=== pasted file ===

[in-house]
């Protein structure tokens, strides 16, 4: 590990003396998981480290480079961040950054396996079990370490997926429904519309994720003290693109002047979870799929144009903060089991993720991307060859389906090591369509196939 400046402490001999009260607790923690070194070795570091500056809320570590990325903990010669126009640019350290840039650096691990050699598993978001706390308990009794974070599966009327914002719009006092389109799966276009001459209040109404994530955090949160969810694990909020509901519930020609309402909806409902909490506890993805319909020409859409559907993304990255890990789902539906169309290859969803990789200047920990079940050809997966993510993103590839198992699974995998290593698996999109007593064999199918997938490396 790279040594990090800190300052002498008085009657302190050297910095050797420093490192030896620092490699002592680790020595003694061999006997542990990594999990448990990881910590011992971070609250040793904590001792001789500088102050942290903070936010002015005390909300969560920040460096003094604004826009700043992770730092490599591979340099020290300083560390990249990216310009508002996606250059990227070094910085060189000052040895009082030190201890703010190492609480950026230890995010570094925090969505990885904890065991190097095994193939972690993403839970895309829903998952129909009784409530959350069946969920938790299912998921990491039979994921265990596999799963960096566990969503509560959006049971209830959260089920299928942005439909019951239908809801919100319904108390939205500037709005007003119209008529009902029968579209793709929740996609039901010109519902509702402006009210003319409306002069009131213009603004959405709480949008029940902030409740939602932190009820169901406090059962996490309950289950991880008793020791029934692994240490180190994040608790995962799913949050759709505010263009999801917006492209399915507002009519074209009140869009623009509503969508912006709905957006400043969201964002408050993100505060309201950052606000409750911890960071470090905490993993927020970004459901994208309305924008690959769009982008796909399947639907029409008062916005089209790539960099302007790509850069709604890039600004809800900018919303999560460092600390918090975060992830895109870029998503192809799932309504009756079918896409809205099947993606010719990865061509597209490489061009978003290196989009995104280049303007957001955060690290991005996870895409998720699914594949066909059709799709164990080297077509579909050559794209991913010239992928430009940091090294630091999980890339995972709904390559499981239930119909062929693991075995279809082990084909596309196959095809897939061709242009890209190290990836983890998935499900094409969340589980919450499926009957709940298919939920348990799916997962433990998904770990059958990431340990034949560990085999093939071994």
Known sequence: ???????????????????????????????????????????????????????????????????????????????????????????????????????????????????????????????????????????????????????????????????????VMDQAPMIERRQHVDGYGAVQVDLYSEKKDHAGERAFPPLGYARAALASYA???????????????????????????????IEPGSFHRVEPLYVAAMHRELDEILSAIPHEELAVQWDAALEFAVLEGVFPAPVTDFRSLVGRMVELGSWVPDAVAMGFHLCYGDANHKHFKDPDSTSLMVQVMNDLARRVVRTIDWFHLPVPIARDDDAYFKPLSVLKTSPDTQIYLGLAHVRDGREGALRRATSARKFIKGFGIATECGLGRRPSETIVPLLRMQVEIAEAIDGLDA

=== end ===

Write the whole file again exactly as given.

[in-house]
């Protein structure tokens, strides 16, 4: 590990003396998981480290480079961040950054396996079990370490997926429904519309994720003290693109002047979870799929144009903060089991993720991307060859389906090591369509196939 400046402490001999009260607790923690070194070795570091500056809320570590990325903990010669126009640019350290840039650096691990050699598993978001706390308990009794974070599966009327914002719009006092389109799966276009001459209040109404994530955090949160969810694990909020509901519930020609309402909806409902909490506890993805319909020409859409559907993304990255890990789902539906169309290859969803990789200047920990079940050809997966993510993103590839198992699974995998290593698996999109007593064999199918997938490396 790279040594990090800190300052002498008085009657302190050297910095050797420093490192030896620092490699002592680790020595003694061999006997542990990594999990448990990881910590011992971070609250040793904590001792001789500088102050942290903070936010002015005390909300969560920040460096003094604004826009700043992770730092490599591979340099020290300083560390990249990216310009508002996606250059990227070094910085060189000052040895009082030190201890703010190492609480950026230890995010570094925090969505990885904890065991190097095994193939972690993403839970895309829903998952129909009784409530959350069946969920938790299912998921990491039979994921265990596999799963960096566990969503509560959006049971209830959260089920299928942005439909019951239908809801919100319904108390939205500037709005007003119209008529009902029968579209793709929740996609039901010109519902509702402006009210003319409306002069009131213009603004959405709480949008029940902030409740939602932190009820169901406090059962996490309950289950991880008793020791029934692994240490180190994040608790995962799913949050759709505010263009999801917006492209399915507002009519074209009140869009623009509503969508912006709905957006400043969201964002408050993100505060309201950052606000409750911890960071470090905490993993927020970004459901994208309305924008690959769009982008796909399947639907029409008062916005089209790539960099302007790509850069709604890039600004809800900018919303999560460092600390918090975060992830895109870029998503192809799932309504009756079918896409809205099947993606010719990865061509597209490489061009978003290196989009995104280049303007957001955060690290991005996870895409998720699914594949066909059709799709164990080297077509579909050559794209991913010239992928430009940091090294630091999980890339995972709904390559499981239930119909062929693991075995279809082990084909596309196959095809897939061709242009890209190290990836983890998935499900094409969340589980919450499926009957709940298919939920348990799916997962433990998904770990059958990431340990034949560990085999093939071994």
Known sequence: ???????????????????????????????????????????????????????????????????????????????????????????????????????????????????????????????????????????????????????????????????????VMDQAPMIERRQHVDGYGAVQVDLYSEKKDHAGERAFPPLGYARAALASYA???????????????????????????????IEPGSFHRVEPLYVAAMHRELDEILSAIPHEELAVQWDAALEFAVLEGVFPAPVTDFRSLVGRMVELGSWVPDAVAMGFHLCYGDANHKHFKDPDSTSLMVQVMNDLARRVVRTIDWFHLPVPIARDDDAYFKPLSVLKTSPDTQIYLGLAHVRDGREGALRRATSARKFIKGFGIATECGLGRRPSETIVPLLRMQVEIAEAIDGLDA